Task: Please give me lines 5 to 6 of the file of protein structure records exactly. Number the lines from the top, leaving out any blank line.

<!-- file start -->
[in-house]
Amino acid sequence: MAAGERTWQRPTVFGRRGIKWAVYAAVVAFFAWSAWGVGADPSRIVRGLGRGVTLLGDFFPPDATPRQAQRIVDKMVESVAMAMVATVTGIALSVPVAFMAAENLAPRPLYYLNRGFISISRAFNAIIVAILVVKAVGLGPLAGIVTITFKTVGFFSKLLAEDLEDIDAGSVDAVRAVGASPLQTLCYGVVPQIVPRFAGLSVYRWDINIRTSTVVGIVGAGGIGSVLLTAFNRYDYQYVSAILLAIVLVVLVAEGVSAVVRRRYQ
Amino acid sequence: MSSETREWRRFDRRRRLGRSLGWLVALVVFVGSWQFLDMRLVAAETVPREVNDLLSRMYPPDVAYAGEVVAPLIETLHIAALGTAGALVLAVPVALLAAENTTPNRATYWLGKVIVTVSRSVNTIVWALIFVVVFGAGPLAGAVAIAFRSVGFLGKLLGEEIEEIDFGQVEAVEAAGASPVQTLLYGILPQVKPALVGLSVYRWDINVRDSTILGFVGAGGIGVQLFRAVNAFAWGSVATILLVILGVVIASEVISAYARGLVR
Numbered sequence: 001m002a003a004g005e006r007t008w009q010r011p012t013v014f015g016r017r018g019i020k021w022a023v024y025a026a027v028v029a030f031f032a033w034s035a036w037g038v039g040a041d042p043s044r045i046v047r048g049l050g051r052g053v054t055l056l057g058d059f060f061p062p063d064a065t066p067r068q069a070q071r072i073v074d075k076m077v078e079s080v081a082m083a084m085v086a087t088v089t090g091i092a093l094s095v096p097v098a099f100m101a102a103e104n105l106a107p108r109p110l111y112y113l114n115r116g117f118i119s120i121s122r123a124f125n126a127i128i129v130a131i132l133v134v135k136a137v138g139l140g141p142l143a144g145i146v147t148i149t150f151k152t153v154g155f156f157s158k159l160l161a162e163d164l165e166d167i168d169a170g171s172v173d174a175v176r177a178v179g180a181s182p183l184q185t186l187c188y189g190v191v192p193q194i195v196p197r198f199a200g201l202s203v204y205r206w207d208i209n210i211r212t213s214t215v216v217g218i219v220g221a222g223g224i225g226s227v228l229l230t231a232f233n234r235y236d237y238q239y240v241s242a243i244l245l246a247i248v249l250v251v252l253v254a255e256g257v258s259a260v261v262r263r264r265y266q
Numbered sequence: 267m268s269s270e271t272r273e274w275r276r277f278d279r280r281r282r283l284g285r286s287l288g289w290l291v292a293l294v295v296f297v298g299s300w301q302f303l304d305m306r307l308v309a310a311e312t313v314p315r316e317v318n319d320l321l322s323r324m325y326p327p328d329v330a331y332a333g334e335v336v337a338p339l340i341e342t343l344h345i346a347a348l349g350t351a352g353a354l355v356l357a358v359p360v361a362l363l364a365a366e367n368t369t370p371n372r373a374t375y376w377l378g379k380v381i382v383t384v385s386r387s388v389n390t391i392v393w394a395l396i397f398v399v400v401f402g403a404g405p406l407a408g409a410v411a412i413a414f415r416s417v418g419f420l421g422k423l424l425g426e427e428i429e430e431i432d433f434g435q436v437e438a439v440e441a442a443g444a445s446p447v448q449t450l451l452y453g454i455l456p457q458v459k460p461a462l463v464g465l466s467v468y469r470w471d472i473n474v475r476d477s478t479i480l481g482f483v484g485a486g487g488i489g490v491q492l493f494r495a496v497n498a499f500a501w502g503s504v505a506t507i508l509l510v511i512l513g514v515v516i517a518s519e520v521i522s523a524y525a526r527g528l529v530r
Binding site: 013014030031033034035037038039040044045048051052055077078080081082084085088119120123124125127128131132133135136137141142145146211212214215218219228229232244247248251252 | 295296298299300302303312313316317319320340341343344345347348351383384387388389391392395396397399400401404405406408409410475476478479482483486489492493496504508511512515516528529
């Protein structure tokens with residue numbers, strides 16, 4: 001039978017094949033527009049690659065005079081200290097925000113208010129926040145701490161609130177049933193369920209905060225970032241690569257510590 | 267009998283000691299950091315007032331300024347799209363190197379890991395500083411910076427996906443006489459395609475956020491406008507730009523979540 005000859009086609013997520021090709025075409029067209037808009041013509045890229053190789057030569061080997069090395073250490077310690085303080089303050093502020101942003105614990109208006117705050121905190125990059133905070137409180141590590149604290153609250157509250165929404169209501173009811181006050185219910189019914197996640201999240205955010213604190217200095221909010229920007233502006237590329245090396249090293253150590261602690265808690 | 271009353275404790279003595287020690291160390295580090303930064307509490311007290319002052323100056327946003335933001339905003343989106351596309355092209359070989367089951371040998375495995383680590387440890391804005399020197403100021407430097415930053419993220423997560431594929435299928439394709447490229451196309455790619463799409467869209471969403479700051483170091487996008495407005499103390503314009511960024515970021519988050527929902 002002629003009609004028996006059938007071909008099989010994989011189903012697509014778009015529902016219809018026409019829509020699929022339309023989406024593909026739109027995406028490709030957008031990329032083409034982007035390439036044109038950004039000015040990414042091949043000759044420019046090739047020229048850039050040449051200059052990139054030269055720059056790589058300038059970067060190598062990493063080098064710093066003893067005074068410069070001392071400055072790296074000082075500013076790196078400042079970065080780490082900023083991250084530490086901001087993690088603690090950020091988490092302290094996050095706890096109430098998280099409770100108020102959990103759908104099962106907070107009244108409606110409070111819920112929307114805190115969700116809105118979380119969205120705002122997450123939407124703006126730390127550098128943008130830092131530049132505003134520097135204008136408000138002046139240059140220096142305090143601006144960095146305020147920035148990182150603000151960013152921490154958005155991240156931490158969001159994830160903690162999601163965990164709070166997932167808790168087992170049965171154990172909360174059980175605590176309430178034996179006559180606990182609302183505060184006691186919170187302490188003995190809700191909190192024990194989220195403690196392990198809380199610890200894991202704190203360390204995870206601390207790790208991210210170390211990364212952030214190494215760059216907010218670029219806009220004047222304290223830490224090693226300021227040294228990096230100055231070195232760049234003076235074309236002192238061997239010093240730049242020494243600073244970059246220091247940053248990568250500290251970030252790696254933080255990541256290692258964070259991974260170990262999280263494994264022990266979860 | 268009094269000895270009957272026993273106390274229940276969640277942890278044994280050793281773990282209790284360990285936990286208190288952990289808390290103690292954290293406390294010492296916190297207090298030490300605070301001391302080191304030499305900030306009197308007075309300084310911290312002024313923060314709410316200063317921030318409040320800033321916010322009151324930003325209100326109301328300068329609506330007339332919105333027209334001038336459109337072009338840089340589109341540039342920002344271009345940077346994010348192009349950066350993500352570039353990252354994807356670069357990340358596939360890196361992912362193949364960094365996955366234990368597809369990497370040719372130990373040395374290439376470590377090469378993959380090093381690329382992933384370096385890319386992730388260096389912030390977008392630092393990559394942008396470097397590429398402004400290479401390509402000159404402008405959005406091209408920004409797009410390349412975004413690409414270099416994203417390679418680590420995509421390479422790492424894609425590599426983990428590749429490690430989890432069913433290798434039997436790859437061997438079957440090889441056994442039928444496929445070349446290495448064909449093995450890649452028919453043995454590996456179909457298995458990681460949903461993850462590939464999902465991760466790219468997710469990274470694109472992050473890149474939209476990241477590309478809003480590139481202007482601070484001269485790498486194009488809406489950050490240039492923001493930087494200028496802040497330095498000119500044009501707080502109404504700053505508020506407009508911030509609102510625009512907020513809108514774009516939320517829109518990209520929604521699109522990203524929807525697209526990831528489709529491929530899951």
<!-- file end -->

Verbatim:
Numbered sequence: 267m268s269s270e271t272r273e274w275r276r277f278d279r280r281r282r283l284g285r286s287l288g289w290l291v292a293l294v295v296f297v298g299s300w301q302f303l304d305m306r307l308v309a310a311e312t313v314p315r316e317v318n319d320l321l322s323r324m325y326p327p328d329v330a331y332a333g334e335v336v337a338p339l340i341e342t343l344h345i346a347a348l349g350t351a352g353a354l355v356l357a358v359p360v361a362l363l364a365a366e367n368t369t370p371n372r373a374t375y376w377l378g379k380v381i382v383t384v385s386r387s388v389n390t391i392v393w394a395l396i397f398v399v400v401f402g403a404g405p406l407a408g409a410v411a412i413a414f415r416s417v418g419f420l421g422k423l424l425g426e427e428i429e430e431i432d433f434g435q436v437e438a439v440e441a442a443g444a445s446p447v448q449t450l451l452y453g454i455l456p457q458v459k460p461a462l463v464g465l466s467v468y469r470w471d472i473n474v475r476d477s478t479i480l481g482f483v484g485a486g487g488i489g490v491q492l493f494r495a496v497n498a499f500a501w502g503s504v505a506t507i508l509l510v511i512l513g514v515v516i517a518s519e520v521i522s523a524y525a526r527g528l529v530r
Binding site: 013014030031033034035037038039040044045048051052055077078080081082084085088119120123124125127128131132133135136137141142145146211212214215218219228229232244247248251252 | 295296298299300302303312313316317319320340341343344345347348351383384387388389391392395396397399400401404405406408409410475476478479482483486489492493496504508511512515516528529